| “Sursa dumneavoastra de wills & estates, real estate and business law”. - Minute Books: the what and the why?|
In this blog post, we will explore the significance of a minute book, its components, the importance of maintaining one, and the implications of not having a corporate minute book.
A minute book collects all critical corporate records so that the corporation’s shareholders and creditors can easily access. A minute book can be kept online, or in physical copy. Most importantly, all corporations in Canada and Ontario are legally required under the Ontario Business Corporation Act to maintain a minute book to account for accurate records. Furthermore, a corporate minute book is important to keep because the CRA, shareholders or creditors can request to see the minute book at any time.
Multiple documents must be included in the minute book:
1. Articles of Incorporation: legal documents that are submitted on the incorporation date to either the provincial or federal government
2. General By-Law: this section will detail how the business will operate and will also showcase some of the procedures that must be followed
3. Borrowing By-Law: this category will stipulate who has the authority to borrow on behalf of the Corporation. Generally, it will be the director or officer of the Corporation.
4. First Board of Directors Resolutions: this category will stipulate all of the critical decisions that were made, such as who voted and what was their role in the company at that time.
5. First Shareholders Resolutions: a formal record that shareholders use to communicate their concerns on executive compensation, social responsibilities and labour relations.
6. Forms Filed: any document that is filled with government entities must be recorded
7. Notices and Resignation: any statements that are sent to directors and shareholders, as well as employee notices
8. Consent to Act of the Board of Directors: initial documents that state that the director has consented to have their public name released to the Corporation
9. Directors Register: this document holds the list of all the Board of Directors members, when they were appointed, their address, and who was elected when.
10. List of Shareholders: the documentation will include a list of all the shareholders and when they became a shareholder
11. Shareholder Ledger: the ledger will account for how many shares each sharer is entitled to and the amount of their shares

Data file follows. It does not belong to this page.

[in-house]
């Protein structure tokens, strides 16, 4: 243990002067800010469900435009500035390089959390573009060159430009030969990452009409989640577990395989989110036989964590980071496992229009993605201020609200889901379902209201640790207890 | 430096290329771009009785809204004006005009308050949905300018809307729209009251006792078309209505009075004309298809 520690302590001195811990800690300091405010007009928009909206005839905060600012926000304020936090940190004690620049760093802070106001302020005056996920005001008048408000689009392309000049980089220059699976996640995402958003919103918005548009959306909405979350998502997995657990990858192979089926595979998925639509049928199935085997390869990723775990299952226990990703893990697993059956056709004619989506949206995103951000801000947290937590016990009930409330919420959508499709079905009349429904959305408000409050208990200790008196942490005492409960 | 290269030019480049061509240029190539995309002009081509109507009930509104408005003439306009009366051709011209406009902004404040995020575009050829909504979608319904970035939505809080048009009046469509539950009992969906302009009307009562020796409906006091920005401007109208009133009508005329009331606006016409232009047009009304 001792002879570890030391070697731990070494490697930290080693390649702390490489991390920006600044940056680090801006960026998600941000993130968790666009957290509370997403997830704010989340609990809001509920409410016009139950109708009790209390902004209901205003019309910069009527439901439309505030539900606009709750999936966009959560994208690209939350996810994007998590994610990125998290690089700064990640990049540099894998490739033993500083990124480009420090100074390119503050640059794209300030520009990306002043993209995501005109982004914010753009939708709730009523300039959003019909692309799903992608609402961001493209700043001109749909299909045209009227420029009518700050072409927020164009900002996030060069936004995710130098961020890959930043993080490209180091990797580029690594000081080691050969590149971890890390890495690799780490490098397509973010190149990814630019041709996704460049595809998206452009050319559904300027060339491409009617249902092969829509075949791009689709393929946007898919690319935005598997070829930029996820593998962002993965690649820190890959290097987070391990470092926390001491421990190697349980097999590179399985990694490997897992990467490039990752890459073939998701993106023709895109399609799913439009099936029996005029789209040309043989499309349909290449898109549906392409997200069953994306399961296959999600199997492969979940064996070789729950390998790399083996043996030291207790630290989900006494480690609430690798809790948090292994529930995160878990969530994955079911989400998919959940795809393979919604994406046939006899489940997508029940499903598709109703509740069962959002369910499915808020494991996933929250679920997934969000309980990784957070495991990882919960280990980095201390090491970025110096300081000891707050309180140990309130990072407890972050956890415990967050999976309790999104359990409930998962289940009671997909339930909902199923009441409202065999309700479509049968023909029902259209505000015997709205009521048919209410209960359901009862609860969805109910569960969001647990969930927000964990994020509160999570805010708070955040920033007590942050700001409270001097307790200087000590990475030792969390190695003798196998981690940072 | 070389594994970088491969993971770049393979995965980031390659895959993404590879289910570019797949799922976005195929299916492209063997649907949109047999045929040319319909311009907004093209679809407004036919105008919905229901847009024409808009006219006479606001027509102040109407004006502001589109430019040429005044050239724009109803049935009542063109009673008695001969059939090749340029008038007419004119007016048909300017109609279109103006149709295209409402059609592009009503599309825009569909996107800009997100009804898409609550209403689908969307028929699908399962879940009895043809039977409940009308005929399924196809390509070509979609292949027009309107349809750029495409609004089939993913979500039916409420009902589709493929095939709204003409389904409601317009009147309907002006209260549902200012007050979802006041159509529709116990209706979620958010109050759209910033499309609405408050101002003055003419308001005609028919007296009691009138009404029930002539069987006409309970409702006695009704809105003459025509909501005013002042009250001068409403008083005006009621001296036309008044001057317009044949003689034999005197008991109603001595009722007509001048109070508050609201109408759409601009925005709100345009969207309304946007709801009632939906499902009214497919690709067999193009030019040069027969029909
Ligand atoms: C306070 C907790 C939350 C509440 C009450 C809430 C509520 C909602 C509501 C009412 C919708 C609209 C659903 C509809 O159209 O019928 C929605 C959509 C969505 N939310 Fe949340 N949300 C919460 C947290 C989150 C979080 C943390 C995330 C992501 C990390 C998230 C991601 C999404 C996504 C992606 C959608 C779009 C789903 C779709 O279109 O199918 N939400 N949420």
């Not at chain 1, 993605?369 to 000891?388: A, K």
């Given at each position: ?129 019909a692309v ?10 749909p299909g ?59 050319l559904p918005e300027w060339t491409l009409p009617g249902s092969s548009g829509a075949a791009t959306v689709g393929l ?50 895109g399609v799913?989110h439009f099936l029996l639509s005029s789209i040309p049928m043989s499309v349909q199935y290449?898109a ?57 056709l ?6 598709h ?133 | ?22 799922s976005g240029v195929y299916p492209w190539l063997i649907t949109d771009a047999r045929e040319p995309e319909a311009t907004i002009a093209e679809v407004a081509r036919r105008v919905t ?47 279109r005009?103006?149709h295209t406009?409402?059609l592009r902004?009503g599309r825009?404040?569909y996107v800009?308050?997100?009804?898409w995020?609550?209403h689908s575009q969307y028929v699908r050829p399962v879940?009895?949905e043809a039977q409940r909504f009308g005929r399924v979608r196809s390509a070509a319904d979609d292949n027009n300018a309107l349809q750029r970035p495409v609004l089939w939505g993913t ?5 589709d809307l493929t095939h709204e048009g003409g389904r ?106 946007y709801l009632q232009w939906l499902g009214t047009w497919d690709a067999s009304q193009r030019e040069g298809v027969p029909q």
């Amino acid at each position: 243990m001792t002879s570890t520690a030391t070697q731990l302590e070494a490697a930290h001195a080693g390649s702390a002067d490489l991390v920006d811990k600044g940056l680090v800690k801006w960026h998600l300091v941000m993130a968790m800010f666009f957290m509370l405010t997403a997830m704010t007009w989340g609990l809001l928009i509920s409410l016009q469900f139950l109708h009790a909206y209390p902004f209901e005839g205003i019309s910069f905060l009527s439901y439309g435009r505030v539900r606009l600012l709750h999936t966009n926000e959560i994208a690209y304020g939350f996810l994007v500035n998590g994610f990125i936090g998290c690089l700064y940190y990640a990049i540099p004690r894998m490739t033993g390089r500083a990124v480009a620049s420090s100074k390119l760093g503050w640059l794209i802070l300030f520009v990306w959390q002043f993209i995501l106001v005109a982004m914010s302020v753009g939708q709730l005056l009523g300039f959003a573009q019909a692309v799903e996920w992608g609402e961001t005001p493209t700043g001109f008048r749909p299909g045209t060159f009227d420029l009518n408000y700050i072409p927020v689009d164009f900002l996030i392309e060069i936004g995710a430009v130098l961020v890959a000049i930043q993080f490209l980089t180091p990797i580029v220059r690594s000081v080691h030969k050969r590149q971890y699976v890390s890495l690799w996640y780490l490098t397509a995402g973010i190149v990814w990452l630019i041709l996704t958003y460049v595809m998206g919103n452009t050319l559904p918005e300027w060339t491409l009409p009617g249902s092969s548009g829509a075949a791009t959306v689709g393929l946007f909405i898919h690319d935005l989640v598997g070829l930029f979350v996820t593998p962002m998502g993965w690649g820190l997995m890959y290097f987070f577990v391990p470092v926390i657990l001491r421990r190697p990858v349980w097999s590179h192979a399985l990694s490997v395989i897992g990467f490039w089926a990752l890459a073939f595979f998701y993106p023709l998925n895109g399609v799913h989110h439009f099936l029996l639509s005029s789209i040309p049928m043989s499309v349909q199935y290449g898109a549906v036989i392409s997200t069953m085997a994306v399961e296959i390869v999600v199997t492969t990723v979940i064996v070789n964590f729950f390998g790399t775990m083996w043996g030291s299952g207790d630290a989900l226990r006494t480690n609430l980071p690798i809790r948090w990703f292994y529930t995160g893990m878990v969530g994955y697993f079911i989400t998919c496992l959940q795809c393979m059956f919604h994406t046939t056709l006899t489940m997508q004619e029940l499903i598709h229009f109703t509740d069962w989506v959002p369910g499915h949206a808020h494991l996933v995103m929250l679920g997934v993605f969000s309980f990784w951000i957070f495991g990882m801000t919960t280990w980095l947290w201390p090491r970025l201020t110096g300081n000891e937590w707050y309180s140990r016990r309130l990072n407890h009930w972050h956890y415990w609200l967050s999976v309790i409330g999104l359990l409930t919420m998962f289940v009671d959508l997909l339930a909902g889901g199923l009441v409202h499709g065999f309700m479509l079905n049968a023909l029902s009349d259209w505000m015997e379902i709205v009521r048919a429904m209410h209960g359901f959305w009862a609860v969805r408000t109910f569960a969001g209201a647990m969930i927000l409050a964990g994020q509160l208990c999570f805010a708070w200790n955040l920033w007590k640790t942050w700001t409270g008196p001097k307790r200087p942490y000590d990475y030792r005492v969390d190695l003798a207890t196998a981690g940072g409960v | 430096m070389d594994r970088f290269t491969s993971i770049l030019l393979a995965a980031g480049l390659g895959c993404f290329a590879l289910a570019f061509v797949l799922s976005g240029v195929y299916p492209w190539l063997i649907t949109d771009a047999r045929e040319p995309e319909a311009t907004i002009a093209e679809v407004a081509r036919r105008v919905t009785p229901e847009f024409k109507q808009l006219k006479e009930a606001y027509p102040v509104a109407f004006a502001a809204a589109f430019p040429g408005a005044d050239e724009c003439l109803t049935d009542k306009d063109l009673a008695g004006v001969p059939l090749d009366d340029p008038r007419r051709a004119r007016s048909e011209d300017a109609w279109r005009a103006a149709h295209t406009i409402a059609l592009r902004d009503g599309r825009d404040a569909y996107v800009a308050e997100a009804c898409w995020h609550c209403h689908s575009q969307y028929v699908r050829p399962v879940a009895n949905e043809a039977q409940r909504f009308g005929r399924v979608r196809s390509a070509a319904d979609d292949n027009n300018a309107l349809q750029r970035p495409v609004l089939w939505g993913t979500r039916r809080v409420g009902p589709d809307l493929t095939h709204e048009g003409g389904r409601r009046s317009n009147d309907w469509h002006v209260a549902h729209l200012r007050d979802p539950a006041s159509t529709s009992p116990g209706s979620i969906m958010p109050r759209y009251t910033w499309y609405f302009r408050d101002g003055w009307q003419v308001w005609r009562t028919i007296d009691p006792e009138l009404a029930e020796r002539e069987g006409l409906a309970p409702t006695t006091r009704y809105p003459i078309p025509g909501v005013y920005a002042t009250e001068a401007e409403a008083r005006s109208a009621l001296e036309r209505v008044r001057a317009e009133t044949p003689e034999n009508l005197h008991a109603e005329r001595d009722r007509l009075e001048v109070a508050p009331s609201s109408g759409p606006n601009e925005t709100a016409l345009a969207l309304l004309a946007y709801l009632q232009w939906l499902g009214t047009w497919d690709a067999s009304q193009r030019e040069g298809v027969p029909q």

12. Share Certificates: each shareholder will receive a share certificate proving that they own what they claim.
13. Transfer Registers: should a transfer occur, all information must be disclosed.
14. Shareholder Agreement: a document that states a shareholder’s rights in the Corporation.
The best way that a minute book can be kept is through annual revision and updates. The lawyer who helps prepare the minute book will consult with the company accountant to ensure that all sections comply with the law.
While many businesses may view the minute book as a burden, the benefit of having a minute book is worth escaping the consequences. The following consequences can incur if a minute book is not kept: Canada Revenue audits, fines, heavy lawyer fees if the minute book is not initially created and the lawyer must rectify all important legal documents and section it accordingly and a lack of transparency to investors, shareholders, and buyers (should you ever choose to sell your business).
RMS Estates offers several ways to assist your corporation, including drafting necessary documents, submitting required registry reports, acting as an intermediary with your accountant to ensure legal compliance, and maintaining meticulous organization of all essential documentation.
PLEASE NOTE THAT THE CONTENT OF THIS BLOG IS MERELY FOR INFORMATION PURPOSES AND DOES NOT CONSTITUTE LEGAL ADVICE.
Raluca M. Soica, BBA, CPA, CMA, JDBarrister & Solicitor Wills & Estates and Real Estate Lawyer 647.280.6497 firstname.lastname@example.org
Raluca M. Soica, BBA, CPA, CMA, JDBarrister & Solicitor Wills & Estates and Real Estate Lawyer 11/9/2023